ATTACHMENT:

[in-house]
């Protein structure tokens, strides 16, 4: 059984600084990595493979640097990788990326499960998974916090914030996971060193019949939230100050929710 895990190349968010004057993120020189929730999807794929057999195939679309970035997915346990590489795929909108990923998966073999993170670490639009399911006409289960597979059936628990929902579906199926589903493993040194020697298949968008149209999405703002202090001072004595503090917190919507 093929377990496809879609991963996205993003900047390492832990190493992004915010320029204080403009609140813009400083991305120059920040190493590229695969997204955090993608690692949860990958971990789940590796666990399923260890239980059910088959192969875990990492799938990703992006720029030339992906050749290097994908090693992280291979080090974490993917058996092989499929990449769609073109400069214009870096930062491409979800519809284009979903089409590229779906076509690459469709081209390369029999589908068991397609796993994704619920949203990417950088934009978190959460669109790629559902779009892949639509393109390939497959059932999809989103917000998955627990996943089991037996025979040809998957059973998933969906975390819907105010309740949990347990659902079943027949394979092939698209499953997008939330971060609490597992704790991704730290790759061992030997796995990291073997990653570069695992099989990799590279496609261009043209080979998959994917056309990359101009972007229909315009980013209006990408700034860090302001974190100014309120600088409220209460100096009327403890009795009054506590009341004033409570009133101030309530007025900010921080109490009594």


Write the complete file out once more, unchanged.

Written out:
[in-house]
């Protein structure tokens, strides 16, 4: 059984600084990595493979640097990788990326499960998974916090914030996971060193019949939230100050929710 895990190349968010004057993120020189929730999807794929057999195939679309970035997915346990590489795929909108990923998966073999993170670490639009399911006409289960597979059936628990929902579906199926589903493993040194020697298949968008149209999405703002202090001072004595503090917190919507 093929377990496809879609991963996205993003900047390492832990190493992004915010320029204080403009609140813009400083991305120059920040190493590229695969997204955090993608690692949860990958971990789940590796666990399923260890239980059910088959192969875990990492799938990703992006720029030339992906050749290097994908090693992280291979080090974490993917058996092989499929990449769609073109400069214009870096930062491409979800519809284009979903089409590229779906076509690459469709081209390369029999589908068991397609796993994704619920949203990417950088934009978190959460669109790629559902779009892949639509393109390939497959059932999809989103917000998955627990996943089991037996025979040809998957059973998933969906975390819907105010309740949990347990659902079943027949394979092939698209499953997008939330971060609490597992704790991704730290790759061992030997796995990291073997990653570069695992099989990799590279496609261009043209080979998959994917056309990359101009972007229909315009980013209006990408700034860090302001974190100014309120600088409220209460100096009327403890009795009054506590009341004033409570009133101030309530007025900010921080109490009594």